Anxiety symptoms in depression result often in treatment resistance, residual symptoms, and persistent functional impairment.
To assess the effectiveness and safety of adjunctive pregabalin to antidepressants for residual anxiety in patients with major depressive disorder (MDD).
A retrospective chart review was conducted to identify partial responders among patients with MDD with residual anxiety. Twenty such patients (age, 58.4 ± 11.2 years; 15 women; baseline Hamilton Depression Rating Scale [HDRS], 17.1 ± 3.5) who received adjunctive pregabalin for residual anxiety were included. Antidepressants augmented were the selective serotonin reuptake inhibitors (n = 12), mirtazapine (n = 2), and selective serotonin-norepinephrine reuptake inhibitors (n = 6).
Twenty patients received at least 4 weeks of pregabalin treatment after 8 weeks of antidepressant therapy. At week 1 (9 weeks after initiating treatment), pregabalin was prescribed at a mean ± SD dose of 71.2 ± 31.7 mg, and the mean maximum pregabalin dose prescribed was 156.2 ± 76.5 mg (range, 75–300 mg). At week 8, there were 13 responders (13/20 [65%]), and 7 of these 13 patients achieved remission (HDRS17 < 8). There were significant decreases in HDRS scores (13.5 ± 3.1 vs 9.1 ± 2.9, P < 0.000), and HDRS anxiety/somatization subscale scores (6.3 ± 2 to 3.6 ± 1.7, P < 0.000). Adverse effects included somnolence (n = 7), weight gain (n = 3), dizziness (n = 4), dry mouth (n = 6), edema (n = 3), blurred vision (n = 3), difficulty with concentration/attention (n = 8), headache (n = 6), and diarrhea (n = 5).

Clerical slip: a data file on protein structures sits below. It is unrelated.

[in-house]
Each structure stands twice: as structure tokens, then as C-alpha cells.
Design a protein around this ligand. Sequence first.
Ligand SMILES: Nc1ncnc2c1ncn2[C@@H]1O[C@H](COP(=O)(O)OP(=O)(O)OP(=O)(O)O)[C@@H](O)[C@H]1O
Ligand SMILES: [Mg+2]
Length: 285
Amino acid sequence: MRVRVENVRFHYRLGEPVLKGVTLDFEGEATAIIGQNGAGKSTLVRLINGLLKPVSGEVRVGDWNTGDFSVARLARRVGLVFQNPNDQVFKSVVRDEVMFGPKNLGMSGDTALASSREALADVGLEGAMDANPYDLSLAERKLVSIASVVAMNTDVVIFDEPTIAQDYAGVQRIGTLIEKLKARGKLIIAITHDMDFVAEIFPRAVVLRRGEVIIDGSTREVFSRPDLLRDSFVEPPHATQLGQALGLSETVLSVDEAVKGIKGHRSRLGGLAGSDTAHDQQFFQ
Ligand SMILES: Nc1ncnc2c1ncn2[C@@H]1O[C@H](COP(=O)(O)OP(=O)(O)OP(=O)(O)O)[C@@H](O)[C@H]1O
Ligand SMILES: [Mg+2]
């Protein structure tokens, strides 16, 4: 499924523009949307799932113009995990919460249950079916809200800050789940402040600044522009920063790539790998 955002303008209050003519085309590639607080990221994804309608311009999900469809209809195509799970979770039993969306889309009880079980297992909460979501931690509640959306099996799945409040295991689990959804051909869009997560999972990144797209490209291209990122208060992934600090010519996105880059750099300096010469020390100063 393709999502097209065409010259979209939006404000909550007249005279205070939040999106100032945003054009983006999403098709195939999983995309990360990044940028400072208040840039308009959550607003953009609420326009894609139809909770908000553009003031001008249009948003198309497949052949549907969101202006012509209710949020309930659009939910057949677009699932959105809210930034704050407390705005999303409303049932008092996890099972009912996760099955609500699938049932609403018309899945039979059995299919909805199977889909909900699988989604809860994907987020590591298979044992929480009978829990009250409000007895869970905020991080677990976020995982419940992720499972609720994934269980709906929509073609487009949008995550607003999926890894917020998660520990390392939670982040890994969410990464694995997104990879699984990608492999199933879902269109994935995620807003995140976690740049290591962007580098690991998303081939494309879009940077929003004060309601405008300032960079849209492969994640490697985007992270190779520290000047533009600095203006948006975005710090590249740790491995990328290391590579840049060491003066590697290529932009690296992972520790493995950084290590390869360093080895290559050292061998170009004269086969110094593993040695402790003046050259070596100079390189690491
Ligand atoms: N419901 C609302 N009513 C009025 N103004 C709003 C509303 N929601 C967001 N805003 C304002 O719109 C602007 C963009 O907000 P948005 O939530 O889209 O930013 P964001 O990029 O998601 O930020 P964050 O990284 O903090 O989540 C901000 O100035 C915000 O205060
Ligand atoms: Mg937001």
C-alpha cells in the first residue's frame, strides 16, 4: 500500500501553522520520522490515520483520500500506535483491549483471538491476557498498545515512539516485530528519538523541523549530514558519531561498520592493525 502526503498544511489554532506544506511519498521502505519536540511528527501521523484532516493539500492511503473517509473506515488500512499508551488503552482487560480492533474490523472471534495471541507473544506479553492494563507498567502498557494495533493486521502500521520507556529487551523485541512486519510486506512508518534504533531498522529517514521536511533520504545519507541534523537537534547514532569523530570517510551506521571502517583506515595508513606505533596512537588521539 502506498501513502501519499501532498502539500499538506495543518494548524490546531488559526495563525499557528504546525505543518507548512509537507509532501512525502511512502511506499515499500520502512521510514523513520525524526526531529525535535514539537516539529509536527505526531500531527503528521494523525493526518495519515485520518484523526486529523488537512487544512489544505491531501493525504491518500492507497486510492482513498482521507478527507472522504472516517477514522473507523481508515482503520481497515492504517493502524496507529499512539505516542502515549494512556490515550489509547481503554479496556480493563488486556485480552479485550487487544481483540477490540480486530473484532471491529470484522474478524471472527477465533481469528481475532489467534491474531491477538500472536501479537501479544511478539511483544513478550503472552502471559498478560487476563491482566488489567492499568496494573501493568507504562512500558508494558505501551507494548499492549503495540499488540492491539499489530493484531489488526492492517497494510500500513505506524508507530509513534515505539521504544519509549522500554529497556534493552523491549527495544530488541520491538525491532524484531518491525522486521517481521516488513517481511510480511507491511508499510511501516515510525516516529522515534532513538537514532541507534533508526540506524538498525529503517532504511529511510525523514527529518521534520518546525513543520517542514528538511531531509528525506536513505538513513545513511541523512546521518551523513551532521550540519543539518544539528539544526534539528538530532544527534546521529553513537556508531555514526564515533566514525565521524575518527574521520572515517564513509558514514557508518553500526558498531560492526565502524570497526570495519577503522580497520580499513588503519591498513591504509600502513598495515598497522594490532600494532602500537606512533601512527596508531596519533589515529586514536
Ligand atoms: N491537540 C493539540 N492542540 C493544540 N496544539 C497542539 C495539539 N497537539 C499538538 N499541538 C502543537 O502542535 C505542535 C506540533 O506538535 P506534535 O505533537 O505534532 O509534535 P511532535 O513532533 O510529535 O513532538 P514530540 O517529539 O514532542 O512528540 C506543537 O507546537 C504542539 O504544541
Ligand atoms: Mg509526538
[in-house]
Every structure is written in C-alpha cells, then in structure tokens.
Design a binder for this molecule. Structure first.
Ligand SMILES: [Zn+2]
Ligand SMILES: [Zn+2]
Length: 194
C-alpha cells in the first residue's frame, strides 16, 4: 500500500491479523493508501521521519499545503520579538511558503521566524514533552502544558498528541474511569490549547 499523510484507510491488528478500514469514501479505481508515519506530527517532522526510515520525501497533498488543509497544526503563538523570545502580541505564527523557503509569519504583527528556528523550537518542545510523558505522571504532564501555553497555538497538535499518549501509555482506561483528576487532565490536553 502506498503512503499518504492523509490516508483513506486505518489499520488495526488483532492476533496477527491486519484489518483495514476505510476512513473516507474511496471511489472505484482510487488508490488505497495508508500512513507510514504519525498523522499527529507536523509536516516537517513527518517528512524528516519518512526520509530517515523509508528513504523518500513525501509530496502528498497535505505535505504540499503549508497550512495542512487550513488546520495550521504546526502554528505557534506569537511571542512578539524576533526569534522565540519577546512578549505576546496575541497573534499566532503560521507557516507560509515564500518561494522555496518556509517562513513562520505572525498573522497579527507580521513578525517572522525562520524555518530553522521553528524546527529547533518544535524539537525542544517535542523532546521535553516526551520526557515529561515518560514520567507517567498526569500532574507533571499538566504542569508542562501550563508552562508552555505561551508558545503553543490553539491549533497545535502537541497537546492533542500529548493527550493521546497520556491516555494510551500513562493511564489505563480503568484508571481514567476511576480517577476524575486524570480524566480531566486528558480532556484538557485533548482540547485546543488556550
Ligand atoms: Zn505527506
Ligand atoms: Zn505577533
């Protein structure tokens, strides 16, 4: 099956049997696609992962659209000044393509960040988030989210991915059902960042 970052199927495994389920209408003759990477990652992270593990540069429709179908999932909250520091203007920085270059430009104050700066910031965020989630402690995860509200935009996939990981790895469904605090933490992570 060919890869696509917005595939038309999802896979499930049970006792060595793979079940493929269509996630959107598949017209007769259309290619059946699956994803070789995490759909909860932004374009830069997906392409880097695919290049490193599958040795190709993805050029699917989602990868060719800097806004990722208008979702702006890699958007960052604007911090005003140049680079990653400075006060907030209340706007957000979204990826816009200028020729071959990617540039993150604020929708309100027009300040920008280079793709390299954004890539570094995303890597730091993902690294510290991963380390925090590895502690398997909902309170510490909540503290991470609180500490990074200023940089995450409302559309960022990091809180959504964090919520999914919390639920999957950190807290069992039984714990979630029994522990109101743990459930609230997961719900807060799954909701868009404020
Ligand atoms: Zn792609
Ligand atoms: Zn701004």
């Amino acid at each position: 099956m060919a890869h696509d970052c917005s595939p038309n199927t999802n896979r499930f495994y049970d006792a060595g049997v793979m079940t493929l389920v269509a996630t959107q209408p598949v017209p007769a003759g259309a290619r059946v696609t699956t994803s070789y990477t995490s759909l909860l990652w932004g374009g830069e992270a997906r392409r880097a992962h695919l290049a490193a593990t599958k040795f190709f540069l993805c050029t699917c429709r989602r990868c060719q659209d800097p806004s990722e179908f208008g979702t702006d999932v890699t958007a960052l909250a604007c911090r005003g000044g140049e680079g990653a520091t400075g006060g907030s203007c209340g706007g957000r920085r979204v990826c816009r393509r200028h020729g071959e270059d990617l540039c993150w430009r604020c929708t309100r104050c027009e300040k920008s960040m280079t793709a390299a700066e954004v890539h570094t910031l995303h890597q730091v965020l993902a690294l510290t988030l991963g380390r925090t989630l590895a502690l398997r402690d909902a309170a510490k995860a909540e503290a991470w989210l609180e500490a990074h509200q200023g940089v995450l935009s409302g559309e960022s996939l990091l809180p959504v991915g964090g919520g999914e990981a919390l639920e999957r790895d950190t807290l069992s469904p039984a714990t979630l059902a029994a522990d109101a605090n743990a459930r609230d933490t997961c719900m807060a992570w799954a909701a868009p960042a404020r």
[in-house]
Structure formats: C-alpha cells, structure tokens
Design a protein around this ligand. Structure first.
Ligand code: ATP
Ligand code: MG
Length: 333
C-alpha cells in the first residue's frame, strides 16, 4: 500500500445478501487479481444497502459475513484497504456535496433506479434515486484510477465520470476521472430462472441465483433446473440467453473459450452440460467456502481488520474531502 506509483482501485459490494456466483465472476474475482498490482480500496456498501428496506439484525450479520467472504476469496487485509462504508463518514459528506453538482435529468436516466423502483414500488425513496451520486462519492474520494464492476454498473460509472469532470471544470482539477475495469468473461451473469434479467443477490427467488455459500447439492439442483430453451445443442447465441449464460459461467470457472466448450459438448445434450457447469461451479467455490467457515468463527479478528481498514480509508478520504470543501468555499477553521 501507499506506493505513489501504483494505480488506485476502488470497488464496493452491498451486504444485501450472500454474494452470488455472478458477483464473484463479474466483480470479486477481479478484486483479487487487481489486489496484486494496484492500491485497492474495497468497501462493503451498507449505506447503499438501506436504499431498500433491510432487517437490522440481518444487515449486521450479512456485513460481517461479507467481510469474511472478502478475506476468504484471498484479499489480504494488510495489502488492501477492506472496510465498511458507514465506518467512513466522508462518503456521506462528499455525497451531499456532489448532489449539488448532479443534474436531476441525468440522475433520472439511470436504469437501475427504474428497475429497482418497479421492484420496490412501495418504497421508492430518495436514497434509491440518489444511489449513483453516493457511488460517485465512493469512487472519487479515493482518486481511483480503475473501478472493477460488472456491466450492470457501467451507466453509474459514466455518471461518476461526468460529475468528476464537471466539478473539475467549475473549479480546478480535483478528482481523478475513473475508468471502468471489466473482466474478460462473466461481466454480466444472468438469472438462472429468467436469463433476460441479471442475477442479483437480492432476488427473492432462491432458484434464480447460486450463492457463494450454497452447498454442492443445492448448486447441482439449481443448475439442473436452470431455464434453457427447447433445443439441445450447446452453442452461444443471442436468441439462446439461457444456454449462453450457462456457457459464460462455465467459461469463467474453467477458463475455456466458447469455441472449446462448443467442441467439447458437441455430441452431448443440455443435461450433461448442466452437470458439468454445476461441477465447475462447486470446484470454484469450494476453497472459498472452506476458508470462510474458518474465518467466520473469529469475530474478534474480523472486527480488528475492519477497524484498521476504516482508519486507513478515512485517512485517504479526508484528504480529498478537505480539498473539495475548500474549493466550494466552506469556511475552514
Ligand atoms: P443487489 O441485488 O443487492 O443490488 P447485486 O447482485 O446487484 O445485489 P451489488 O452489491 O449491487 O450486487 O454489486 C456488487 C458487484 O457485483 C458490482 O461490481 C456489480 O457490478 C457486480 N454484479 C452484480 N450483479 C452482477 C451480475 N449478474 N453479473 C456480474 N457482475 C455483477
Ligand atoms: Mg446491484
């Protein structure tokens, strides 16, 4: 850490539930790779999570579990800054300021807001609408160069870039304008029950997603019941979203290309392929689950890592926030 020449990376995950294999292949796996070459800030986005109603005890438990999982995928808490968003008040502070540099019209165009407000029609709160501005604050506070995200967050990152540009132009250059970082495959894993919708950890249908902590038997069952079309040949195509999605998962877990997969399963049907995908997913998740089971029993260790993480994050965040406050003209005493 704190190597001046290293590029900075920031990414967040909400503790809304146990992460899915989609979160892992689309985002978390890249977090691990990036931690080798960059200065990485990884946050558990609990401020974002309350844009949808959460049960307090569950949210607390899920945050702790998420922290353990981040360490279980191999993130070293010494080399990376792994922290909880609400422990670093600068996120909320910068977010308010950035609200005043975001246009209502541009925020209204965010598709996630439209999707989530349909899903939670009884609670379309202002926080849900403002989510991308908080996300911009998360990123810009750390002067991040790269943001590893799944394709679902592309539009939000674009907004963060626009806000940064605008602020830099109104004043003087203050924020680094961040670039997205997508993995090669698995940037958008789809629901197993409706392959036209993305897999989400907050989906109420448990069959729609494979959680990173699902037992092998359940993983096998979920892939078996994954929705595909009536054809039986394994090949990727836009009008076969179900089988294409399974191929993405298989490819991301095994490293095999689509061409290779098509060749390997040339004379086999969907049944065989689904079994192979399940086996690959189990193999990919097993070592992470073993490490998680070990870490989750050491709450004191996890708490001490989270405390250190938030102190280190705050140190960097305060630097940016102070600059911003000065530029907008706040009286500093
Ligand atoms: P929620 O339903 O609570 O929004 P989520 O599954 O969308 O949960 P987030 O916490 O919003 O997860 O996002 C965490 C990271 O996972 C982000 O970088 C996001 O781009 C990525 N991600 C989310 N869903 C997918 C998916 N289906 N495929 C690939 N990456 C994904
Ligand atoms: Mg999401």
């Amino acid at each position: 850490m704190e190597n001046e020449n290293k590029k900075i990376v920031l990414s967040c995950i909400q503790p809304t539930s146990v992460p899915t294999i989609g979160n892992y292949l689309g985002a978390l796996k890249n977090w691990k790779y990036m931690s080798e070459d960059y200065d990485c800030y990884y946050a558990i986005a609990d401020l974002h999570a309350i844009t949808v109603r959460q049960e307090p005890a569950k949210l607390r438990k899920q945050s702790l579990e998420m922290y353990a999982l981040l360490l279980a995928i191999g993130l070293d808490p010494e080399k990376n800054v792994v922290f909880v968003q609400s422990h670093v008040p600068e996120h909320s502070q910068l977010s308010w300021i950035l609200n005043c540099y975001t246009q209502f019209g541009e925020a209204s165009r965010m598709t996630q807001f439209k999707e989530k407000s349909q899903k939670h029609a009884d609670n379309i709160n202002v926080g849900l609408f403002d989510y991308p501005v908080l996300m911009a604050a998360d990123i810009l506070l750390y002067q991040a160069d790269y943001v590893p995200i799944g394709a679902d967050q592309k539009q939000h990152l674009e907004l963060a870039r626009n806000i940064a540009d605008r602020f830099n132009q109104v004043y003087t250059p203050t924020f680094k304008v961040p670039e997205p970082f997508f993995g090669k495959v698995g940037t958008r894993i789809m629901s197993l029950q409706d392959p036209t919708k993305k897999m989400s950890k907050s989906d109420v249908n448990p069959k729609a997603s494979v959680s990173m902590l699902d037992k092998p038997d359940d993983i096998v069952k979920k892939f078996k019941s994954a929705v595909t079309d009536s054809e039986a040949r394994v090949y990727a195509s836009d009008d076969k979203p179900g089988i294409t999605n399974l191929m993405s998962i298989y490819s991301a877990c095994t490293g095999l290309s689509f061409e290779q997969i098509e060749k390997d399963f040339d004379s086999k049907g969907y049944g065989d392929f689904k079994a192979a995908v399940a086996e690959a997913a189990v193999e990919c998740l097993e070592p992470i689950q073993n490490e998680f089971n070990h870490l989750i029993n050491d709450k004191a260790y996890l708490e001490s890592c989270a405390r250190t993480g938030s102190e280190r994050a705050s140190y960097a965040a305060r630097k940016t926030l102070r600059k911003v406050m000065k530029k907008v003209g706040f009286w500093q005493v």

The results suggest a possible augmentation role for pregabalin when used in conjunction with conventional antidepressants for residual anxiety in MDD.
From the *Department of Clinical Medicine, Sapienza-University of Rome, Rome, Italy; †Department of Psychiatry, Harvard University, Cambridge; ‡Department of Psychiatry, Massachusetts General Hospital, Boston, MA; §Department of Psychiatry, Modena and Reggio Emilia University, Modena and Reggio Emilia; and ∥Department of Psychiatry Sapienza-University of Rome, Rome, Italy.
Received August 8, 2011; accepted after revision April 10, 2012.
Reprints: Mario Vitali, MD, 1 Bowdoin Sq, 6th floor, DCRP, Boston, MA 02114 (e-mail: email@example.com).